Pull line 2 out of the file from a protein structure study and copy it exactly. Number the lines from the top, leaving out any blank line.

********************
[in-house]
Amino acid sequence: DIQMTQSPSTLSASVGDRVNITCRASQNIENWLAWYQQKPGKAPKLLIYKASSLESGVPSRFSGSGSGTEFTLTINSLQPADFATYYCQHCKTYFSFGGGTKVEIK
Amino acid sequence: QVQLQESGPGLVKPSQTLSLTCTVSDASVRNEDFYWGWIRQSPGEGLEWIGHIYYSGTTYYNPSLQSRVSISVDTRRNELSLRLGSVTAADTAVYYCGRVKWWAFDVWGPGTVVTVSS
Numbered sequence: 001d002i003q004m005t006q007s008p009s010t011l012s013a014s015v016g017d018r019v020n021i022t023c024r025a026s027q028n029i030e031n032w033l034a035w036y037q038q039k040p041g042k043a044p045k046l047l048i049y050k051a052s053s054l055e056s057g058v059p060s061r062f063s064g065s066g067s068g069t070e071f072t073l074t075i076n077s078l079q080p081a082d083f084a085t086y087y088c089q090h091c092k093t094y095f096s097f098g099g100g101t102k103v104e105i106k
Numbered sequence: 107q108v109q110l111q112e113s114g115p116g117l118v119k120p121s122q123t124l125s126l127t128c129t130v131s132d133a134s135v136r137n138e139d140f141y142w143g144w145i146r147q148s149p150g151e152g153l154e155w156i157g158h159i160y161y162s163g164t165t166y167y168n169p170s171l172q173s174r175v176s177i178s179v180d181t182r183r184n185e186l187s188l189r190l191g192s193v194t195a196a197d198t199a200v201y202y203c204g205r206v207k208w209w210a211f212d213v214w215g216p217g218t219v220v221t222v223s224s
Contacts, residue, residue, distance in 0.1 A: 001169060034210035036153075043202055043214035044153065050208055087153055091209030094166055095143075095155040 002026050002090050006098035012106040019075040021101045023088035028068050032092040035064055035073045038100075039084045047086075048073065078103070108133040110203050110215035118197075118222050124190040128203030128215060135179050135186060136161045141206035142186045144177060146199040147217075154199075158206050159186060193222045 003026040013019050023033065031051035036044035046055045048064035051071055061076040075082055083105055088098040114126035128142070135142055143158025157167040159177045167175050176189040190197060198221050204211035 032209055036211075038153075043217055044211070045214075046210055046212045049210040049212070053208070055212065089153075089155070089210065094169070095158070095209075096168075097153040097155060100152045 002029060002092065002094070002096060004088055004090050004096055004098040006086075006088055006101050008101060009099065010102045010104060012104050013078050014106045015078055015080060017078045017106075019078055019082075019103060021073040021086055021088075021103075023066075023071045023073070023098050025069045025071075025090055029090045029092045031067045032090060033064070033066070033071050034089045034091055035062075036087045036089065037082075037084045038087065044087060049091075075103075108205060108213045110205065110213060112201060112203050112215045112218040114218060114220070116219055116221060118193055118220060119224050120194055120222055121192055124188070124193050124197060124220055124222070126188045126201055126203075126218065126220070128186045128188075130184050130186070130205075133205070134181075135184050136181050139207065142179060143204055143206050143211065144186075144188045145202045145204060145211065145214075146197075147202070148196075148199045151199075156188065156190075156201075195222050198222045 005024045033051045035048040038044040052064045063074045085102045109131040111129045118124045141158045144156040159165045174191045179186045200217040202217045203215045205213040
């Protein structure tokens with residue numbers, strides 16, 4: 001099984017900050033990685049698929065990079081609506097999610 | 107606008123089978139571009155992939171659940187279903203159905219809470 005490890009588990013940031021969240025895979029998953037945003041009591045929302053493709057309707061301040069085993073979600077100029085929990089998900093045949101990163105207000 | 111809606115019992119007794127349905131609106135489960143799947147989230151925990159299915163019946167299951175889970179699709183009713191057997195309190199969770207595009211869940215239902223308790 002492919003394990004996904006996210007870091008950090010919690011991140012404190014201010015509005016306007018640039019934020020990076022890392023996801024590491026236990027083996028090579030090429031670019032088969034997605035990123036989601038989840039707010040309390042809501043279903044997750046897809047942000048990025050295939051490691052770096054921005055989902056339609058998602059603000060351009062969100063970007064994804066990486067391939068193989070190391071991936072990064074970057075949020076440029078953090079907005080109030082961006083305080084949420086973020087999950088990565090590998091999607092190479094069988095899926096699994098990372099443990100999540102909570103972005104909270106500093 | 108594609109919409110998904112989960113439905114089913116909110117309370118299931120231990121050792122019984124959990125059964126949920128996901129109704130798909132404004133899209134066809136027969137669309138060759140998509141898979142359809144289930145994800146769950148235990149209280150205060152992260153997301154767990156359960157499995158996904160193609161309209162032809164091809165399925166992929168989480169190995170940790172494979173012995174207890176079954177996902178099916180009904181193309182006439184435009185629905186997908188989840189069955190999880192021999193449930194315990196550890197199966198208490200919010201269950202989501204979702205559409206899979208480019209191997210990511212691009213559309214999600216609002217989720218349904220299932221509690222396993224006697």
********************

Amino acid sequence: DIQMTQSPSTLSASVGDRVNITCRASQNIENWLAWYQQKPGKAPKLLIYKASSLESGVPSRFSGSGSGTEFTLTINSLQPADFATYYCQHCKTYFSFGGGTKVEIK